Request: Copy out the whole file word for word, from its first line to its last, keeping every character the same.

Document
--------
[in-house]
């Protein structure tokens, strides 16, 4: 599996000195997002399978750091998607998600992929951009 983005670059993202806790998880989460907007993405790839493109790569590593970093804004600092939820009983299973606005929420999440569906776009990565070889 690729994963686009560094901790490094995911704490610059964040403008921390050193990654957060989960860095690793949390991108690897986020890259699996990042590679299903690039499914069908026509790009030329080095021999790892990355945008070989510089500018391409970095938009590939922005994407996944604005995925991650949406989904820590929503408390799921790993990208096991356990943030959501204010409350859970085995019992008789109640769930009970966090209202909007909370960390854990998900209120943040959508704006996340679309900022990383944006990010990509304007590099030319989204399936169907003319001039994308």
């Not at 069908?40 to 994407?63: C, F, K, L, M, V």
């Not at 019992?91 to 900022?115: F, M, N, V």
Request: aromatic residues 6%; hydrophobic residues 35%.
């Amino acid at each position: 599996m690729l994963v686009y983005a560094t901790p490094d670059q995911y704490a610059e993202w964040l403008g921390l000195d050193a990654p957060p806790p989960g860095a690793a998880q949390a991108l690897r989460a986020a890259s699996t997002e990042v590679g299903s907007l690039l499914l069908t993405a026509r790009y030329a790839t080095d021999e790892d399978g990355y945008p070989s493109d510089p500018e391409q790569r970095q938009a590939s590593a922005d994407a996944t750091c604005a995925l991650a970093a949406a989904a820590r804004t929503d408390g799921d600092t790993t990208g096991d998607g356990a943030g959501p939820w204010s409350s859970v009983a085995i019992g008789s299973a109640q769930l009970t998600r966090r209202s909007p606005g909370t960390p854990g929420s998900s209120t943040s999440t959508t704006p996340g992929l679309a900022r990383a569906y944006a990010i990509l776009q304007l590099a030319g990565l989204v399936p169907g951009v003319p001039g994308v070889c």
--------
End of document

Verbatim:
[in-house]
């Protein structure tokens, strides 16, 4: 599996000195997002399978750091998607998600992929951009 983005670059993202806790998880989460907007993405790839493109790569590593970093804004600092939820009983299973606005929420999440569906776009990565070889 690729994963686009560094901790490094995911704490610059964040403008921390050193990654957060989960860095690793949390991108690897986020890259699996990042590679299903690039499914069908026509790009030329080095021999790892990355945008070989510089500018391409970095938009590939922005994407996944604005995925991650949406989904820590929503408390799921790993990208096991356990943030959501204010409350859970085995019992008789109640769930009970966090209202909007909370960390854990998900209120943040959508704006996340679309900022990383944006990010990509304007590099030319989204399936169907003319001039994308």
């Not at 069908?40 to 994407?63: C, F, K, L, M, V």
């Not at 019992?91 to 900022?115: F, M, N, V």
Request: aromatic residues 6%; hydrophobic residues 35%.
């Amino acid at each position: 599996m690729l994963v686009y983005a560094t901790p490094d670059q995911y704490a610059e993202w964040l403008g921390l000195d050193a990654p957060p806790p989960g860095a690793a998880q949390a991108l690897r989460a986020a890259s699996t997002e990042v590679g299903s907007l690039l499914l069908t993405a026509r790009y030329a790839t080095d021999e790892d399978g990355y945008p070989s493109d510089p500018e391409q790569r970095q938009a590939s590593a922005d994407a996944t750091c604005a995925l991650a970093a949406a989904a820590r804004t929503d408390g799921d600092t790993t990208g096991d998607g356990a943030g959501p939820w204010s409350s859970v009983a085995i019992g008789s299973a109640q769930l009970t998600r966090r209202s909007p606005g909370t960390p854990g929420s998900s209120t943040s999440t959508t704006p996340g992929l679309a900022r990383a569906y944006a990010i990509l776009q304007l590099a030319g990565l989204v399936p169907g951009v003319p001039g994308v070889c």